The St. Matthew Passion (German: Matthäuspassion) is a musical composition written by Johann Sebastian Bach. The words tell the story of Jesus’s death on the cross as told in chapters 26 and 27 of the Book of St Matthew in the Bible. The work is for a choir, solo voices and orchestra. Both the choir and the orchestra are divided into two sections: Chorus 1 and Chorus 2, Orchestra 1 and Orchestra 2.
The words are from the Bible and by the poet Picander. There were other composers who also wrote works called St Matthew Passion, the most famous being Heinrich Schütz. However, Bach’s St Matthew Passion is thought by many musicians to be the greatest choral work ever written. Two other very great choral works by Bach are his St John Passion and Mass in B minor .
History[change | change source]
The tradition of singing the story of Jesus' passion during Holy Week (the week before Easter) goes back many hundreds of years to a time when a priest would sing the story instead of speaking it. Later a tradition developed of letting it be sung by a choir. During the Baroque period the Passion oratorio developed. Bach's St. Matthew Passion, written in 1727, is the most famous work in this tradition. It was probably first performed on Good Friday (11 April) 1727 in the Thomaskirche in Leipzig, where Bach was Kapellmeister. He made some changes to it by 1736 and performed it again on 30 March 1736. After that it was almost completely forgotten until long after Bach’s death. Even Bach’s music in general was forgotten by most people. In 1829 the composer Felix Mendelssohn discovered the music of the St Matthew Passion and decided to perform a short version of it in Berlin. It immediately became extremely popular with the public and from then on Bach has always remained recognized as one of the greatest of all composers.
The music[change | change source]
The words of Bach’s St Matthew Passion are partly taken straight from the Bible (Matthew Chapters 26-27) and partly made up by the poet Picander. The words from the Bible are used to tell the basic story. They are sung to recitative (music in speech rhythm) by a tenor soloist who is known as the evangelist (Matthew was an “evangelist” because he preached the message of Jesus). The words spoken by Jesus are sung by a baritone or bass soloist. The evangelist is accompanied by the continuo (an organ and a cello, double bass or bassoon). Jesus is accompanied by the strings.
Between the sections of recitatives there are arias, each of which is sung by one of the four soloists: a soprano, an alto, a tenor and a bass. The arias often have an introductory movement called “arioso” which in musical style is something between a recitative and an aria. The arias are accompanied by the orchestra, often with one instrument playing an important solo. The words of the arioso and arias comment on what is happening in the story and describe what is going on in the people’s minds.
The choir, divided into two sections (“double choir”), sing some movements in which they represent the crowd of people in the story. Some of these movements, such as the opening one, are quite long, others are very short indeed. In some of these movements there is a vocal soloist, and the choir are commenting on what the soloist is singing about. In addition to the main choir there is a small choir which sings a chorale tune on top of the music during the first movement (this is called a “ripieno”). Sometimes a boys’ choir is used for this.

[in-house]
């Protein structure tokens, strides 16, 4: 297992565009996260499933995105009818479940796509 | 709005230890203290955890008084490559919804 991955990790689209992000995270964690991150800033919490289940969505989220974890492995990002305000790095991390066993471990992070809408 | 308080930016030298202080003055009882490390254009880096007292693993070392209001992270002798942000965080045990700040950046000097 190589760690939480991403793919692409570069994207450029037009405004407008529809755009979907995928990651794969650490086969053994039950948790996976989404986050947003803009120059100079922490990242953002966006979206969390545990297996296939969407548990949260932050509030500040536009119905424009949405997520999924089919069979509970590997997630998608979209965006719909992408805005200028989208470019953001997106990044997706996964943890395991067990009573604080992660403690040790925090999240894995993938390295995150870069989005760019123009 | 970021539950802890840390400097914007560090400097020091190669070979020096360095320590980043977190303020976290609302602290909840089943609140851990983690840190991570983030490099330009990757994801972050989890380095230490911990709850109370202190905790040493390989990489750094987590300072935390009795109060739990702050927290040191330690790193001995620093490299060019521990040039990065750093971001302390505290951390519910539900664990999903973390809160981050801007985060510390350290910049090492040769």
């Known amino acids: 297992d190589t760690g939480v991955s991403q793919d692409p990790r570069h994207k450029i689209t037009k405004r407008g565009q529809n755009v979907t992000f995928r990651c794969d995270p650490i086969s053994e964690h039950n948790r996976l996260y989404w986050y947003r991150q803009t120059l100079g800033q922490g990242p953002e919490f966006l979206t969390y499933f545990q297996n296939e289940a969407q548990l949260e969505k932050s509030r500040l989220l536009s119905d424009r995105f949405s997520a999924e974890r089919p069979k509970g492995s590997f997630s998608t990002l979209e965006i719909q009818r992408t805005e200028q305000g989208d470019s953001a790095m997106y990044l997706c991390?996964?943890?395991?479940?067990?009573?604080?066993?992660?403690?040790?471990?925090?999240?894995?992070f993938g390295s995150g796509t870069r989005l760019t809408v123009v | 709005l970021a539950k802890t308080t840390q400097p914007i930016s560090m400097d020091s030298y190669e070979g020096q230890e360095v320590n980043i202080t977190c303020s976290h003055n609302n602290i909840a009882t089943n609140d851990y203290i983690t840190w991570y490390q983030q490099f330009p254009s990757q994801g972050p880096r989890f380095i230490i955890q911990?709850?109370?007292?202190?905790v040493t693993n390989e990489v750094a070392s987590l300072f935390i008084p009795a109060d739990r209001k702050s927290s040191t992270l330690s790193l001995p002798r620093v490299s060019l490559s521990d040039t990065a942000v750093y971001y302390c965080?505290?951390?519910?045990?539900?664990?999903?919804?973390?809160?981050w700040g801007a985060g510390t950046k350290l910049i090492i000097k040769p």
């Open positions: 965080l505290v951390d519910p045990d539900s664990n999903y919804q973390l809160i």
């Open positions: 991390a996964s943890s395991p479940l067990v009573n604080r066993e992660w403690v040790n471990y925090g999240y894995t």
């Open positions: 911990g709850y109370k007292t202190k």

There are also several chorales which are sung by the whole choir. These are like hymn tunes. It is likely that in Bach’s time the congregation would have joined in singing these, as they were chorales which were often sung at church services.
During some of the choral movements there are very small sections for a solo voice. These represent one person from the crowd. These may be sung by soloists from the choir. So, as well as Jesus, there are small parts for Judas, Peter, two high priests, Pontius Pilate, Pilate's wife, two witnesses and two ancillae (maids). These small parts can be sung by different soloists, but in some performances one soloist (possibly one who is also singing the arias) may take several of these parts.
In the tradition of these musical Passions the Resurrection is not mentioned at all. The story ends with the chorus shedding tears after Jesus has been put to death.
The instruments in the orchestra are string instruments (violins, violas, cellos and double basses), organs (one for each choir), two flutes, two oboes and bassoon. Orchestra I plays with Choir I and Orchestra II plays with Choir II. There are some extra instruments as well: two recorders, three different kinds of oboe and a viola da gamba.
Bach’s St Matthew Passion takes nearly 3 ½ hours if it is performed without any cuts. It is divided into two parts. There is usually a long interval between each part so that musicians and audience can have a meal before coming back refreshed for the second part.
The St Matthew Passion and the St John Passion are both very great works. They are different in character. The St John Passion is very dramatic, enjoying the drama of the story. The St Matthew Passion is more gentle and thoughtful, although it also has some dramatic moments.